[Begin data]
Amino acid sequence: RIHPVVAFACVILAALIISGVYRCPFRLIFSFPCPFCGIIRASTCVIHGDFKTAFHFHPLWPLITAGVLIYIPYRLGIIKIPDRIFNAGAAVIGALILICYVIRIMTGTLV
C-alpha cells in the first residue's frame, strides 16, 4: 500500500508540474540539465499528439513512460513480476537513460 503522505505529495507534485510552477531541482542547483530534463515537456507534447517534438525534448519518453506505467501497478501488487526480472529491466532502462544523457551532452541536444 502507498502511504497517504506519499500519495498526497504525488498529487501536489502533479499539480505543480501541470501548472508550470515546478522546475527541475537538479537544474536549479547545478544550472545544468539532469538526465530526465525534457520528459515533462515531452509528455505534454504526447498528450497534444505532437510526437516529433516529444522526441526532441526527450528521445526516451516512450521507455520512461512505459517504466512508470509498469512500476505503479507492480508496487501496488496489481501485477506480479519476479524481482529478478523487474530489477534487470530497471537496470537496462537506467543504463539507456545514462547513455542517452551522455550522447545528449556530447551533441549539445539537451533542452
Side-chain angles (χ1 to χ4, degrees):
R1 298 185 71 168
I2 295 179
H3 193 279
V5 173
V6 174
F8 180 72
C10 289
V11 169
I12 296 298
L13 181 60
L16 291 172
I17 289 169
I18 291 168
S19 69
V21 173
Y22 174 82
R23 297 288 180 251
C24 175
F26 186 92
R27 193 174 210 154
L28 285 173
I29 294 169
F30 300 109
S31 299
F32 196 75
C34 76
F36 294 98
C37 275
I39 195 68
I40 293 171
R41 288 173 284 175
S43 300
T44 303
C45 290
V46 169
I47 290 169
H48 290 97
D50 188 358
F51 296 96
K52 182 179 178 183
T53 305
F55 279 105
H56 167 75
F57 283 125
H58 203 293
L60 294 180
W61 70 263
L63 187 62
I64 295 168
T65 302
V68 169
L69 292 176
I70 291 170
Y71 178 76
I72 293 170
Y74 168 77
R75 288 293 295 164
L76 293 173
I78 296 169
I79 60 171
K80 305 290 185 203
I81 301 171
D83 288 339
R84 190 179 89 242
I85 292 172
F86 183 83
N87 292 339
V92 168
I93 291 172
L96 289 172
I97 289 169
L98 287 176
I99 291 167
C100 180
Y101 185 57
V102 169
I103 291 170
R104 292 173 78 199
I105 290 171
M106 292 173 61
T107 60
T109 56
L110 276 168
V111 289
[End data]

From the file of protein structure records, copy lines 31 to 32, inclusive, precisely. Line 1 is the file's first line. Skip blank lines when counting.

C37 275
I39 195 68